Monday, June 19, 2023

Can You Live In That Thing?

Yes and no.

I should mention the big reveal that although I own a three bedroom, two bath house, my wife is a hoarder and my house is completely full of stuff. That's my personal baseline.

Keystone Cougar 25RDS

Here's the Yes part:

I enjoy spending time in the RV. There is nothing lacking that I miss from home. Well, I very much miss my friends. I wouldn't have a table to game on. Full time RV life is not great for regular meetings of your D&D group, although you could roll into town and make it work occasionally.

My bed is more comfortable than my bed at home and I sleep very well, despite the room being somewhat claustrophobic. I've added a queen sized mattress from Brooklyn Bedding and I would likely move back to a king, if I were full time (especially with an adult companion). When I get home, I'm replacing my bed with one of these. I need fans in the bedroom, like really need them, or I'll feel like I'm in a coffin. But with the fans running, it's fine. 

My kitchen space is ample and I bought real kitchen ware to use in it, rather than cheap plastic camping gear. It feels like a second home. The propane oven is terrible, but the stove is great. One day I'll learn how to cook a pizza in that oven, but a propane stove is just superior to even my home natural gas stove. BTUs for days. I've got a microwave, a 12 volt refrigerator that's a but wonky, but works reliably, other than temperature distribution. There is just enough kitchen storage space.

My recliners are where I spend most of my waking time when inside. It's in a slide out making the living space seem extra large. I have a "fireplace" that's lovely when it's cold and a TV with a Chromecast connected. Starlink for Internet should work again, when I get a new cable. Starlink is not quite broadband. It's fast when it works, but it's not reliable for high speed gaming.

My ace in the hole is a tricked out electrical system with solar and lithium batteries. I spent $10K on parts to build this system with a friend. It allows me to go off grid for a couple days using air conditioning, or until I run out of water, if I don't use air con. The reality is I fill my blank tank before I use up the water. This system could make it affordable to travel full time without having to spend a fortune in US RV parks. I could dry camp, visit Harvest Host sites (free spaces at farms and golf courses), or the side of the road.

There's a very large dinette where my son is living, either sleeping or set up to play video games. His gear takes up most of the enormous table.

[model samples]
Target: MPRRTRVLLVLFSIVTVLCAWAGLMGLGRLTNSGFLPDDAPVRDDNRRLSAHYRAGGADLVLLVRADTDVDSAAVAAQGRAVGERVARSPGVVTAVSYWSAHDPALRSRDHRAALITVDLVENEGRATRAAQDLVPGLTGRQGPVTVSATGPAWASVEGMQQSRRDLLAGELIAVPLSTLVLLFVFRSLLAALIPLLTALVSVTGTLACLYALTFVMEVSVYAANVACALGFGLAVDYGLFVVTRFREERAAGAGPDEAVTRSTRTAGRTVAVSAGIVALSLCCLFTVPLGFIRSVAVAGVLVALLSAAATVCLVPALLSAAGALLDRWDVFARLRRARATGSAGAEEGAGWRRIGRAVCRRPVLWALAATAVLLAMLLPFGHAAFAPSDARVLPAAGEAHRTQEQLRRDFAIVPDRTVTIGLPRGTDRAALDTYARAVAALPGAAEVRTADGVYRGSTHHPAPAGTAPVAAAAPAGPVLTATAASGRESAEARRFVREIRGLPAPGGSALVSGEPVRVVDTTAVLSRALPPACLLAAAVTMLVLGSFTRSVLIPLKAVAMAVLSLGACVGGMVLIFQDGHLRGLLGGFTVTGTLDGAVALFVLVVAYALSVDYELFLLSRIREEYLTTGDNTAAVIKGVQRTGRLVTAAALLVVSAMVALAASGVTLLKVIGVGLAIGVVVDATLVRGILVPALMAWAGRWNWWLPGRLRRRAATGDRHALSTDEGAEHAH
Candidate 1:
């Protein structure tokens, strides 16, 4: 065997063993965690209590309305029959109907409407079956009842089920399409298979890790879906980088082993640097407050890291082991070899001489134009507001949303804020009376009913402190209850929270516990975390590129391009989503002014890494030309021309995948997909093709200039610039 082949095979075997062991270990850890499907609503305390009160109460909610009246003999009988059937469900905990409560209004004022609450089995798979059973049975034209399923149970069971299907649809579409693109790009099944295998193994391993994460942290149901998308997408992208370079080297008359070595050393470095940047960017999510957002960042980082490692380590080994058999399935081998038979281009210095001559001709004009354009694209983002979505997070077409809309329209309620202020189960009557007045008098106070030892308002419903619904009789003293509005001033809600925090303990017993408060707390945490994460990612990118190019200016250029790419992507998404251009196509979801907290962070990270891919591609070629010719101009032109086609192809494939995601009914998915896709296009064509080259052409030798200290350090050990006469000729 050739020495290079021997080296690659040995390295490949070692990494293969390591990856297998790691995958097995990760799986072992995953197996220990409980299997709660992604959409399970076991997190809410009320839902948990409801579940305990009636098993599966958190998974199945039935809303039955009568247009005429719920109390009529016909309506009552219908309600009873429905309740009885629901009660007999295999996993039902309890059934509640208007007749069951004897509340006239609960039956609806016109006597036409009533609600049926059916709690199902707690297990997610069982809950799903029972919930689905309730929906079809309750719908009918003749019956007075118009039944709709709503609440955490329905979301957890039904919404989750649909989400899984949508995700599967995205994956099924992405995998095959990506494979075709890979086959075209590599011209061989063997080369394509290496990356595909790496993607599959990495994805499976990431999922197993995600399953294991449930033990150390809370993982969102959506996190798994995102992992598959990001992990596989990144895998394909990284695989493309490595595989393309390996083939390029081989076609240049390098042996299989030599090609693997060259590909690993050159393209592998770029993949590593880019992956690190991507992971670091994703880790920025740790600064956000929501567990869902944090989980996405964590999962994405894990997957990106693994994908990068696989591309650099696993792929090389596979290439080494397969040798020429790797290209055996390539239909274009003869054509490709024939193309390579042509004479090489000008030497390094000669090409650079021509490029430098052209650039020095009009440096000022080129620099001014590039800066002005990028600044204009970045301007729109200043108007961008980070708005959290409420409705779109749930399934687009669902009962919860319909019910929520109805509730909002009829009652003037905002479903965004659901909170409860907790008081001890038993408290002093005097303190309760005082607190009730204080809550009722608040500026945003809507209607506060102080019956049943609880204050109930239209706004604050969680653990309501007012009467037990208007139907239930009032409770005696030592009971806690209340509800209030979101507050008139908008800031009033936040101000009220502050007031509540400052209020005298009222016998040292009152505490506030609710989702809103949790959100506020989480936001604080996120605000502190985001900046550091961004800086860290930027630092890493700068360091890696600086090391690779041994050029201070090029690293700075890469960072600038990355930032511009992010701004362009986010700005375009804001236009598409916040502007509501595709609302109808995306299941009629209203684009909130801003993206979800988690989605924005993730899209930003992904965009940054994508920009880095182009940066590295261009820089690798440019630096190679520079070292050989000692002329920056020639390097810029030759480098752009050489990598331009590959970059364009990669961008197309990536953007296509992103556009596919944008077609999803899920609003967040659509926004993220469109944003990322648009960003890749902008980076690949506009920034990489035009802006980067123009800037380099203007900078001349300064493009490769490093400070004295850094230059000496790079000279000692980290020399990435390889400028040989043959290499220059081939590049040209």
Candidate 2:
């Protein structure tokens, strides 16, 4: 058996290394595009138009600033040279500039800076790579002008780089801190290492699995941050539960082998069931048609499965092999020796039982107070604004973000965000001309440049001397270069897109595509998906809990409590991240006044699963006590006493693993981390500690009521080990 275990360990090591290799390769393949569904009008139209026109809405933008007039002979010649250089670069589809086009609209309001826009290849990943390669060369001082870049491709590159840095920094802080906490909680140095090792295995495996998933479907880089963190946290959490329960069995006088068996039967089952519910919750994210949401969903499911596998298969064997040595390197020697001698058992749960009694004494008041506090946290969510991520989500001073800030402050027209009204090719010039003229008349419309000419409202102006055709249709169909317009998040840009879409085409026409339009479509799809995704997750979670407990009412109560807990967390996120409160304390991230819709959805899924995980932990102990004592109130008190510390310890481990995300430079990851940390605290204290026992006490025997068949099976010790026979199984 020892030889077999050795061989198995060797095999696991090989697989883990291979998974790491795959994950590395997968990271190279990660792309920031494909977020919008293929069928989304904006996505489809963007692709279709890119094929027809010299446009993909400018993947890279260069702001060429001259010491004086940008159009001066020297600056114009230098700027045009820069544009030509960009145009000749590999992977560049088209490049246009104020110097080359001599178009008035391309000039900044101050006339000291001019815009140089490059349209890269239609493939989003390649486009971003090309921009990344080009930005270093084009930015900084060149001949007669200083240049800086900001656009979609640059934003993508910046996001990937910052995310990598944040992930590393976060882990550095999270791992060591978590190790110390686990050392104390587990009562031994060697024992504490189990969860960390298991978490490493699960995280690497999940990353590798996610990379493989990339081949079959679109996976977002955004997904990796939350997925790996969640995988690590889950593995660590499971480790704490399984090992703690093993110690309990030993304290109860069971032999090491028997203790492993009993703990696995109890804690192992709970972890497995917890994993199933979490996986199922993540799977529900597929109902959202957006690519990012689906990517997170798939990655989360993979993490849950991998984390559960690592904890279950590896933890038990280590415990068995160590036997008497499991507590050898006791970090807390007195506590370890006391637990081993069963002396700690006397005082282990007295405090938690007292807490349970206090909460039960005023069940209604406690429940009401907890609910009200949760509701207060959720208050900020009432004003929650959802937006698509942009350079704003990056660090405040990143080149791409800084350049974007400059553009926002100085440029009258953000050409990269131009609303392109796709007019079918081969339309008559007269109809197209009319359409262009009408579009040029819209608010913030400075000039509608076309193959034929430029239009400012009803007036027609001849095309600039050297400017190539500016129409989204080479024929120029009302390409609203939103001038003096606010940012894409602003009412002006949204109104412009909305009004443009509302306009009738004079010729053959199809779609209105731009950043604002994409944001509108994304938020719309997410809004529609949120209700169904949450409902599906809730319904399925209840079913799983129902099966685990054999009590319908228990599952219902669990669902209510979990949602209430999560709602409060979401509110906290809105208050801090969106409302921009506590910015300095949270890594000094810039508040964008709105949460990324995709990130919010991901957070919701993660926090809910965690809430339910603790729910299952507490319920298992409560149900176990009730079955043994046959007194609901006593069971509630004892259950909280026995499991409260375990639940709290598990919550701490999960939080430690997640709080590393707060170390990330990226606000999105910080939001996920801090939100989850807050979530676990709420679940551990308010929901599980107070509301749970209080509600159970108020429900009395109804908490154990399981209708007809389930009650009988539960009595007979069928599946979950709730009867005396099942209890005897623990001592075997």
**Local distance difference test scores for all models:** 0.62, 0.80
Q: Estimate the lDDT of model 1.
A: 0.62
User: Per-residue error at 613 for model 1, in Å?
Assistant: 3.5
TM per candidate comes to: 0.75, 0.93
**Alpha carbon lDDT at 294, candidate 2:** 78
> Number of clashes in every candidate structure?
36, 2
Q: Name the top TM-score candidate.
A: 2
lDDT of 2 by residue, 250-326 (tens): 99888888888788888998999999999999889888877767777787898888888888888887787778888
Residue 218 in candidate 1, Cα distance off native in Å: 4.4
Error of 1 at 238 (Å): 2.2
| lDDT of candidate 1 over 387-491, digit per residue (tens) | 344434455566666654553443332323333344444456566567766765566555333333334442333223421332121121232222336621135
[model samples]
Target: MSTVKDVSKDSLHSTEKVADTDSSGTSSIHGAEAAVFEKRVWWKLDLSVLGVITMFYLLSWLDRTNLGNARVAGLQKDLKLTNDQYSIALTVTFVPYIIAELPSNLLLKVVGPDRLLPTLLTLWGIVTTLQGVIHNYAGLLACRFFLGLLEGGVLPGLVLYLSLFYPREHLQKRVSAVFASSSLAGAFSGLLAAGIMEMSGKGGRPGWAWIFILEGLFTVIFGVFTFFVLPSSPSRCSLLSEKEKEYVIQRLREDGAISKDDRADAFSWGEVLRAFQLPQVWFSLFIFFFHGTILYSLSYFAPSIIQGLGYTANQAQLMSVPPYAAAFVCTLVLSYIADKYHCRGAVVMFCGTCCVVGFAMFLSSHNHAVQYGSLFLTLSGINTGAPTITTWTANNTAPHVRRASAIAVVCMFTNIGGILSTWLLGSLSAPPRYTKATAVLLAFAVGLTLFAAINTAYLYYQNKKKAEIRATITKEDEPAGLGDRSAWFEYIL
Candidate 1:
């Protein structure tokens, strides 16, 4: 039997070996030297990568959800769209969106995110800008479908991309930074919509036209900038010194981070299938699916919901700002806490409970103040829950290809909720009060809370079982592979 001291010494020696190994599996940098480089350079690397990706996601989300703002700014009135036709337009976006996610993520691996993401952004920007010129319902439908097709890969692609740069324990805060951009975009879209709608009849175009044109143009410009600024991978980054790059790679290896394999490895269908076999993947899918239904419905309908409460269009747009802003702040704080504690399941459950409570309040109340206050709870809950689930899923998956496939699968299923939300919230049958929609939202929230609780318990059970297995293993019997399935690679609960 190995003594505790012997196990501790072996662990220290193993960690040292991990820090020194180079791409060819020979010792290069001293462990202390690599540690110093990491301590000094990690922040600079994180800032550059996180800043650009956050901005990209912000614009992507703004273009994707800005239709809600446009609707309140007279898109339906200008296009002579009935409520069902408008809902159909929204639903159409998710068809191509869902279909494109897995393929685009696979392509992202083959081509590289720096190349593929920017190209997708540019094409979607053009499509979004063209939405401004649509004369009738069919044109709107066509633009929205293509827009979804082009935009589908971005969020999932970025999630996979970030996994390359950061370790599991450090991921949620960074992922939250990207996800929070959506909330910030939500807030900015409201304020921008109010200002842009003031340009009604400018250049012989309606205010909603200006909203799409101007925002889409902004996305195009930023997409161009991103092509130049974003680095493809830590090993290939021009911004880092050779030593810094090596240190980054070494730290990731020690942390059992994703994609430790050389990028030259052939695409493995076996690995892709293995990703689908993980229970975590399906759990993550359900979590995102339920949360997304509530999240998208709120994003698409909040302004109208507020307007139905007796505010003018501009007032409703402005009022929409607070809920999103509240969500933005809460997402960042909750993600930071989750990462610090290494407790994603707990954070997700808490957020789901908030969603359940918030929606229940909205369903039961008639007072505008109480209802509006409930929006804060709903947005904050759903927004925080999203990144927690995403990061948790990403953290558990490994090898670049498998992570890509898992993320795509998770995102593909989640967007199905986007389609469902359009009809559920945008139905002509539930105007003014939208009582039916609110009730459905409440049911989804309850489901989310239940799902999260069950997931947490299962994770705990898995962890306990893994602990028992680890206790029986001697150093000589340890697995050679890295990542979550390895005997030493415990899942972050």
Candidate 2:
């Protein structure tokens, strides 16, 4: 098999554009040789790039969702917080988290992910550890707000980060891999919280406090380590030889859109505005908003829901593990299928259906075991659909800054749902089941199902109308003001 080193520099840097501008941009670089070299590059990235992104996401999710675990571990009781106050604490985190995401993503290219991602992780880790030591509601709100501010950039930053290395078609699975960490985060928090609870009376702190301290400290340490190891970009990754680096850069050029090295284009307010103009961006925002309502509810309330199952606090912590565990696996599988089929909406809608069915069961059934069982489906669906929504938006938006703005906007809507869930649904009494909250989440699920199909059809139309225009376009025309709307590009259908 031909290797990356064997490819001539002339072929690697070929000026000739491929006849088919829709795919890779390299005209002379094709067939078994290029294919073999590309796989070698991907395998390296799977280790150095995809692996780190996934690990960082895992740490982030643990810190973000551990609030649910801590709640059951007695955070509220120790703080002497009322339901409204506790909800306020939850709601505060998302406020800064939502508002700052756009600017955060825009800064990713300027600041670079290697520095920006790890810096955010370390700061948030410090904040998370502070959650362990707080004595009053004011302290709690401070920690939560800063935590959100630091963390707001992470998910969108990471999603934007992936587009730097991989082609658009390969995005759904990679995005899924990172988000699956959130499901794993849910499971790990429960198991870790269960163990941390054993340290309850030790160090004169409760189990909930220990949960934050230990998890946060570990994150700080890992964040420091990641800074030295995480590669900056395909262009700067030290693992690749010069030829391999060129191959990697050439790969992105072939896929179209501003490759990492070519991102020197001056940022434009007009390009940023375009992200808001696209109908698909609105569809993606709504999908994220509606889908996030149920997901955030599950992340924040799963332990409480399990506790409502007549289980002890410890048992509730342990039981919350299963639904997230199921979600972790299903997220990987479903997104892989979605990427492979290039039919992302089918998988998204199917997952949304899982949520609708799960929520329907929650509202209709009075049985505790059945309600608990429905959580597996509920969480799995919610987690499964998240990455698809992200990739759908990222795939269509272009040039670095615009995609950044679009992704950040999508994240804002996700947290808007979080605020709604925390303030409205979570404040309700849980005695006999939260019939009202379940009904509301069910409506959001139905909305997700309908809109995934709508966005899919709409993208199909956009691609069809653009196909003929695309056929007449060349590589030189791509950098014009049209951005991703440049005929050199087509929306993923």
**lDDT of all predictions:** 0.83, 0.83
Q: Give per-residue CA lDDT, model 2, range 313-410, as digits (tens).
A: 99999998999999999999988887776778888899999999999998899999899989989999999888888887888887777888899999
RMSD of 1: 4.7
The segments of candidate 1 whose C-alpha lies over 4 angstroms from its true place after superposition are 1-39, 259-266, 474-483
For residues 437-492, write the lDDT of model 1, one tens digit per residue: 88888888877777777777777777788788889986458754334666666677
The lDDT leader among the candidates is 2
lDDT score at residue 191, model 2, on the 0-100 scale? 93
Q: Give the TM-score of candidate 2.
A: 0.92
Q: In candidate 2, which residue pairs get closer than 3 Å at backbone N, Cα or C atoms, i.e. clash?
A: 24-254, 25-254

Here's the No part:

The trailer works exceeding well for me, but not for my son. He's 18, so I'm not sure how many more trips he'll be going on, but the daily setup and tear down of the dinette is tedious. He's told me he's not interested in future long trips like this with this set up. 

I'm considering re-doing the dinette here in Mexico and changing it to a bunk bed up top and a desk below. It turns out I really don't need a dinette. The second option would be to get a different trailer, a couple feet longer, with a bunk bed set up and separate dinette. That's not going to happen because I'm heavily invested in this one.

The RV is just a bit small. It's a little too cramped for full time living, and I chose this size so I could travel in Mexico, where the roads and RV parks are tight. Anything larger would be a huge problem. If I decided to hit the road full time in the US, I would likely buy a larger fifth wheel, with multiple slide outs and a more residential feel. The fifth wheels I've seen in Mexico are parked in their forever homes and never hit the road. 

I might opt for a big Class A, maybe a used 20 year old one when they were bullet proof. But I'm just day dreaming at that point.

I have to be honest and say I'm not completely sold on RV life, so the thought of a different RV isn't much on my mind.

Finally, full time implies life on the road or life in an RV park. Life on the road can be exhausting and it's not for everyone. I'll have a full report in a few more months. Life in an RV park is a budget move and seems like a conciliation prize. At that point I would rather buy a modest house here in Mexico. Part of this trip is scouting locations.

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